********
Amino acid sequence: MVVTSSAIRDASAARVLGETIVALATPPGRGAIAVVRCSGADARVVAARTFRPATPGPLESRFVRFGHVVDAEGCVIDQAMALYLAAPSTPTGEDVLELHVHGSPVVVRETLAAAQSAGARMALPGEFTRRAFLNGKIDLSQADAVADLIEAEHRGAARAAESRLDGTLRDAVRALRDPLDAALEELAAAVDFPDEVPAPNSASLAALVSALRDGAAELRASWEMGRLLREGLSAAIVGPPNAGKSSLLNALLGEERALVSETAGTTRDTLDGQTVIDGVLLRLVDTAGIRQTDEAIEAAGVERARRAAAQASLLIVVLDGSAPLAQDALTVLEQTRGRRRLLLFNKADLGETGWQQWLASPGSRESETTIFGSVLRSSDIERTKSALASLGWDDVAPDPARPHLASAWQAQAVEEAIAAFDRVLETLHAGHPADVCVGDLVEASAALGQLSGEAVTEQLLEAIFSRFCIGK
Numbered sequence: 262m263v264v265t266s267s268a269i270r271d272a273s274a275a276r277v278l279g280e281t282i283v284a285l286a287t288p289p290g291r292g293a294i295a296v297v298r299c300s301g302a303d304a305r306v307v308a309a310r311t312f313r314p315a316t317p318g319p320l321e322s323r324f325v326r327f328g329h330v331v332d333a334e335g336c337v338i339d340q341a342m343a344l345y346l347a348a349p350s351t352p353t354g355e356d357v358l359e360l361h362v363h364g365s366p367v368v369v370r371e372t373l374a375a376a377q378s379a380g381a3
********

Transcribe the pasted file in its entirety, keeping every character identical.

Amino acid sequence: MVVTSSAIRDASAARVLGETIVALATPPGRGAIAVVRCSGADARVVAARTFRPATPGPLESRFVRFGHVVDAEGCVIDQAMALYLAAPSTPTGEDVLELHVHGSPVVVRETLAAAQSAGARMALPGEFTRRAFLNGKIDLSQADAVADLIEAEHRGAARAAESRLDGTLRDAVRALRDPLDAALEELAAAVDFPDEVPAPNSASLAALVSALRDGAAELRASWEMGRLLREGLSAAIVGPPNAGKSSLLNALLGEERALVSETAGTTRDTLDGQTVIDGVLLRLVDTAGIRQTDEAIEAAGVERARRAAAQASLLIVVLDGSAPLAQDALTVLEQTRGRRRLLLFNKADLGETGWQQWLASPGSRESETTIFGSVLRSSDIERTKSALASLGWDDVAPDPARPHLASAWQAQAVEEAIAAFDRVLETLHAGHPADVCVGDLVEASAALGQLSGEAVTEQLLEAIFSRFCIGK
Numbered sequence: 262m263v264v265t266s267s268a269i270r271d272a273s274a275a276r277v278l279g280e281t282i283v284a285l286a287t288p289p290g291r292g293a294i295a296v297v298r299c300s301g302a303d304a305r306v307v308a309a310r311t312f313r314p315a316t317p318g319p320l321e322s323r324f325v326r327f328g329h330v331v332d333a334e335g336c337v338i339d340q341a342m343a344l345y346l347a348a349p350s351t352p353t354g355e356d357v358l359e360l361h362v363h364g365s366p367v368v369v370r371e372t373l374a375a376a377q378s379a380g381a3